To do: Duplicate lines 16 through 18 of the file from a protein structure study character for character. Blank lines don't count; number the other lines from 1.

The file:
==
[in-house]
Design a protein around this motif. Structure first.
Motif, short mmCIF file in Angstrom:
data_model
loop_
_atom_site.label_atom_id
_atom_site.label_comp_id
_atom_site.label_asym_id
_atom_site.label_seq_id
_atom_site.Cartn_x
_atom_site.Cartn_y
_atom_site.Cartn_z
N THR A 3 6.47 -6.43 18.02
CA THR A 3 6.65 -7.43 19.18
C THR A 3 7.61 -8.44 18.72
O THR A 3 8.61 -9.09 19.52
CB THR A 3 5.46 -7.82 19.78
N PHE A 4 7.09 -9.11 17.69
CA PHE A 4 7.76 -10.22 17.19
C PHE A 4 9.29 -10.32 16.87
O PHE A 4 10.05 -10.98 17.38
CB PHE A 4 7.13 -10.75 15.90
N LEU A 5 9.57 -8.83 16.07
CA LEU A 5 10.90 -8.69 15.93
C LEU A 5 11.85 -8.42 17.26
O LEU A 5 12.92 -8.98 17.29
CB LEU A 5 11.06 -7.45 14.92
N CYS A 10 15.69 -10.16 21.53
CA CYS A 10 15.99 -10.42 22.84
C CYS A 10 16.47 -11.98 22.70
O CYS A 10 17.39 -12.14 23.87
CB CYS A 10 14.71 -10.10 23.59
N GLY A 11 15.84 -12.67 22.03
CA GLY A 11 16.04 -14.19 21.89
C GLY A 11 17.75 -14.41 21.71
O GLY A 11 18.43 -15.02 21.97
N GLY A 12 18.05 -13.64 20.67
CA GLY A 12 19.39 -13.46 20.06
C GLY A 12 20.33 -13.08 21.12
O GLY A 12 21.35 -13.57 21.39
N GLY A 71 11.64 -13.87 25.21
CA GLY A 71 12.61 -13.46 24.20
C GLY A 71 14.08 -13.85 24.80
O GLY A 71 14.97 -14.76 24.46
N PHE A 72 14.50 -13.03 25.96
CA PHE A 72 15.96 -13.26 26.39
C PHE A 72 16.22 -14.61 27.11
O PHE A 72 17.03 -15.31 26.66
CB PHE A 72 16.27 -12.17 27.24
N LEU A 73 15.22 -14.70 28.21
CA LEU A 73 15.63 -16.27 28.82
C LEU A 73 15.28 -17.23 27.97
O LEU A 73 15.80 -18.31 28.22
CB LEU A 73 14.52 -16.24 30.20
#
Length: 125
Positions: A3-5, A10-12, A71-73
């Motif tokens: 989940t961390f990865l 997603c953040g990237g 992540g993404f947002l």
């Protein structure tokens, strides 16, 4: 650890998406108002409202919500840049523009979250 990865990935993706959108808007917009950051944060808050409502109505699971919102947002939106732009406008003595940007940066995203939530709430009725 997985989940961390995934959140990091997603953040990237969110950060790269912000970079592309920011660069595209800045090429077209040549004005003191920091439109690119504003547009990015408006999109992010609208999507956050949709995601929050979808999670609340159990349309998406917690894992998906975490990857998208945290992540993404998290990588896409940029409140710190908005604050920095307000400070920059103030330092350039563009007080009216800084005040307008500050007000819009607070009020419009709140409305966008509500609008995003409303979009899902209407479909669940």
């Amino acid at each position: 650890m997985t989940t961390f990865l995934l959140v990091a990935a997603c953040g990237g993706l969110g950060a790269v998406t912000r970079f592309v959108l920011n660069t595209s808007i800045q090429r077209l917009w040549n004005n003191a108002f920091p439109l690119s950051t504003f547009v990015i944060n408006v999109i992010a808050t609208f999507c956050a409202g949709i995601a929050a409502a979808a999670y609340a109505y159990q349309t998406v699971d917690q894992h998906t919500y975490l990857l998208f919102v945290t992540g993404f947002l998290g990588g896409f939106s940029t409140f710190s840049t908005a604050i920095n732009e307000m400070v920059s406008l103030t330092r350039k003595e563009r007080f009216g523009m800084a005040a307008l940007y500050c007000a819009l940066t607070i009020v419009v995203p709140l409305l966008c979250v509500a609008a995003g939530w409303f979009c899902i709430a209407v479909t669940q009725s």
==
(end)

O THR A 3 8.61 -9.09 19.52
CB THR A 3 5.46 -7.82 19.78
N PHE A 4 7.09 -9.11 17.69